Can My Dog Eat Tomatoes?

Your dog can enjoy red, ripe tomatoes in moderation, but there's a catch.

dog with basket of tomatoes


Lauri Rotko / Folio Images / Getty Images

If you can't get enough tomatoes in your life, you're not alone. According to the United States Department of Agriculture, Americans individually consume more than 22 pounds of tomatoes every year—and, yes, the majority of that is in ketchup and tomato sauce. A less shocking fact: Where there's food, there's your dog, and you might be wondering if you can share the deliciousness with your four-legged friend.

Experts agree that while your dog can enjoy a bit of tomato every now and then, you will definitely want to keep him or her out of your garden, and here's why.

The Dangers of Tomatoes for Your Dog

Tomatoes are part of the nightshade family of vegetables. These plants contain toxic elements but still bear edible parts, and also include peppers, eggplant, and potatoes. That means that while tomatoes do contain many health benefits for your dog and can be given as an occasional treat, the plants themselves can be toxic. Tomatine is a toxic substance found in the stem and leaves of the tomato and similar plants, and it's a form of solanine, which is common to all plants in the nightshade family. When consumed in large quantities, it can be poisonous to our beloved pets. The good news: Solanine is mostly concentrated in the green part of the plant, which means that ripe tomatoes are generally considered safe for dogs to snack on.


Pet owners should keep in mind that the leaves and stems of the tomato plant—as well as the young, green tomatoes—contain up to 5 percent tomatine and are highly toxic to dogs, so you’ll want to keep a close eye on your dog whenever he or she has access to your garden.

Effects of Tomatine Consumption on Dogs

While poisoning from eating tomatoes is rare, you’ll want to exercise caution when introducing tomatoes into your dog’s diet. The most common symptom of tomatine poisoning is severe gastrointestinal distress, such as diarrhea or vomiting, but some dogs may also exhibit symptoms of lethargy, loss of coordination, seizures, muscle weakness, or even behavioral changes and an abnormal heart rate—and you will need to seek immediate treatment from your pet’s veterinarian.

Just like in humans, tomatoes can also aggravate certain gastrointestinal issues, such as acid reflux, so it’s always a good idea to consult your veterinarian before offering your dog tomatoes. Tomatoes also happen to be a common allergen in humans, and your dog can have a similar reaction. While it’s rare, an allergic reaction could lead to anaphylaxis, which is potentially life-threatening. The symptoms include typical allergy reactions like coughing, sneezing, or hives—you may notice your pet licking their paws or scratching their skin—with more alarming symptoms including swelling or difficulty breathing, which all require treatment from your pet’s veterinarian.

What About Ketchup, Tomato Sauce and Other Tomato-Based Products?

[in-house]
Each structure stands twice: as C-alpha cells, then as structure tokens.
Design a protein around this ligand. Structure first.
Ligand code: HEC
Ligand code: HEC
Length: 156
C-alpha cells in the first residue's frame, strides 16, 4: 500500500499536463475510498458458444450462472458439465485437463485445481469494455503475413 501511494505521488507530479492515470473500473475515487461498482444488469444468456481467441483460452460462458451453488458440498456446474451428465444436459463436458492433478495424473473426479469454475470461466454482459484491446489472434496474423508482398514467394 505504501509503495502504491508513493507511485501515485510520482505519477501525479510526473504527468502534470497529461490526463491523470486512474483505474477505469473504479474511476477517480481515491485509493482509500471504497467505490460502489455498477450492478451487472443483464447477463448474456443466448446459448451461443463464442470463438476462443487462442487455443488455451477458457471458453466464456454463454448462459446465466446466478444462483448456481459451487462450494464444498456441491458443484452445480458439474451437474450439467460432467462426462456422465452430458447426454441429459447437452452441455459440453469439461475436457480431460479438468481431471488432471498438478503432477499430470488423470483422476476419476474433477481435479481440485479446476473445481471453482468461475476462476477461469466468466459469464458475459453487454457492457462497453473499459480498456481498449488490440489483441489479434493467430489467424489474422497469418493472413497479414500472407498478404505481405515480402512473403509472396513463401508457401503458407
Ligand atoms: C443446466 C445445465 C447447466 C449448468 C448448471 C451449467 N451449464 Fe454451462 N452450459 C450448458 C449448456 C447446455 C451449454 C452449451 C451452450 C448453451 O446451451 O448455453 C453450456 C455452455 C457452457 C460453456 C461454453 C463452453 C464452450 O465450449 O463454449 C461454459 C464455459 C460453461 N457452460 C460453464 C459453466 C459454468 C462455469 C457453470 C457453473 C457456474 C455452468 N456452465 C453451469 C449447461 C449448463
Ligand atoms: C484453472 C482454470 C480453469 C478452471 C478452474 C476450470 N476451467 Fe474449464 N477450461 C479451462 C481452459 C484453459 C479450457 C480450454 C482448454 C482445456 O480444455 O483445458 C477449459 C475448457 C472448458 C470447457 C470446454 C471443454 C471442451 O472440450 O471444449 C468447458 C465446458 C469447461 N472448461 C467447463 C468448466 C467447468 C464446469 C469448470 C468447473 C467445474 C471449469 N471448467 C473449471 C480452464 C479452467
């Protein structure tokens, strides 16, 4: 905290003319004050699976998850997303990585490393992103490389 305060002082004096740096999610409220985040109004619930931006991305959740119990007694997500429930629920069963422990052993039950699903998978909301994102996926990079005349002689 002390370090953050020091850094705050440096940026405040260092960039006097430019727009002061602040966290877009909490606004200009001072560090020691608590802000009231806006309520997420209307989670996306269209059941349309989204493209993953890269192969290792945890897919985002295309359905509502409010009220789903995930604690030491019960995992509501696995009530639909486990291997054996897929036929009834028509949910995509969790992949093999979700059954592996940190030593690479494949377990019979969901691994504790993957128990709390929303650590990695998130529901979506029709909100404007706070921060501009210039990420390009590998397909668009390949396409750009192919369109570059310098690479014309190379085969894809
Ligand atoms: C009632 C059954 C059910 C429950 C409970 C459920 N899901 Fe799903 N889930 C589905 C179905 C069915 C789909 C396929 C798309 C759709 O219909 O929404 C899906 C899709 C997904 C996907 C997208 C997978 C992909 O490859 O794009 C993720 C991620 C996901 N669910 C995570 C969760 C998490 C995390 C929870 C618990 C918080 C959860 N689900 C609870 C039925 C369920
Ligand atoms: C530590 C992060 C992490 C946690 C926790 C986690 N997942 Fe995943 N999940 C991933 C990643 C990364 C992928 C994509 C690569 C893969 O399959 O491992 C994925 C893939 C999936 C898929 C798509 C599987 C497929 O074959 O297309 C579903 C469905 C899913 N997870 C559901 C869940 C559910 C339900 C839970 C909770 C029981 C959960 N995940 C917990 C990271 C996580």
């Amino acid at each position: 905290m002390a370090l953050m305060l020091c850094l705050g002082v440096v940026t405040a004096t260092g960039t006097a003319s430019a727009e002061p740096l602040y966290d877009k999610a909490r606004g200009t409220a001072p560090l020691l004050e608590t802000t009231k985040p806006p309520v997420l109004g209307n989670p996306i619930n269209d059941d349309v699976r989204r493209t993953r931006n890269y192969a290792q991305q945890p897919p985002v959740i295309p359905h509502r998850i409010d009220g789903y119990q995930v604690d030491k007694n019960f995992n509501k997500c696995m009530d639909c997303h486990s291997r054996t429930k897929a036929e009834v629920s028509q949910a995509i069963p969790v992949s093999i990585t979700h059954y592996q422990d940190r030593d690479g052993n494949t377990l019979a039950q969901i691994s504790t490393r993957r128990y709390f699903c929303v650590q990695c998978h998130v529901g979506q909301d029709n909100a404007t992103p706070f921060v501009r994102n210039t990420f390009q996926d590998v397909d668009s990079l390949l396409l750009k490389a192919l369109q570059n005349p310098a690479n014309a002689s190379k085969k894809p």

If your dog loves chomping on fresh tomatoes, keep in mind that while he or she may also show interest in that pizza slice or spaghetti that you’re eating, products containing tomatoes aren't typically safe to offer. Tomato sauces, soups, or juices aren’t particularly healthy for dogs because of the added salt and sugar, as well as artificial flavors or other chemicals. Homemade tomato-based products like sauce likely won’t cause harm, but it’s still best to avoid feeding them to your dog because any products that contain even a trace of unripened tomatoes can put your dog at risk.

The Benefits of Feeding Your Dog Tomatoes

When offered to your pet safely and in appropriate quantities, tomatoes provide some health benefits. Tomatoes are chock full of nutrients, including the carotenoids lycopene and beta-carotene, which can help your pooch fight off diseases like metabolic syndrome, heart disease, or stroke, promote strong, healthy bones, and improve cognition. The low-calorie fruit is also high in fiber, which aids digestion, and tomatoes are rich in vitamin A and C to help boost your pet’s vision and promote healthier skin. Minerals like folate, chromium, and potassium in tomatoes can improve blood pressure and strengthen your dog’s nerves and muscles.

How to Serve Your Dog Tomatoes

When offering your dog tomatoes, you’ll want to look for mature, ripe, red tomatoes (cherry tomatoes and other varieties are also fine) that have all of the stems, leaves, and vines completely removed. When purchasing from the grocery store, choose organic whenever possible to avoid any harmful effects from pesticides, insecticides, or herbicides.

While many people prefer their tomatoes salted, these types of additives can be very harmful to your dog, so small pieces of a plain, thoroughly washed tomato—preferably with the skin removed—is always the safest way to serve them to your pet. As a general rule of thumb, feeding slices of one red, ripe tomato as a weekly treat will ensure that your dog reaps the nutritional benefits without exposure to the dangerous effects from the tomatine.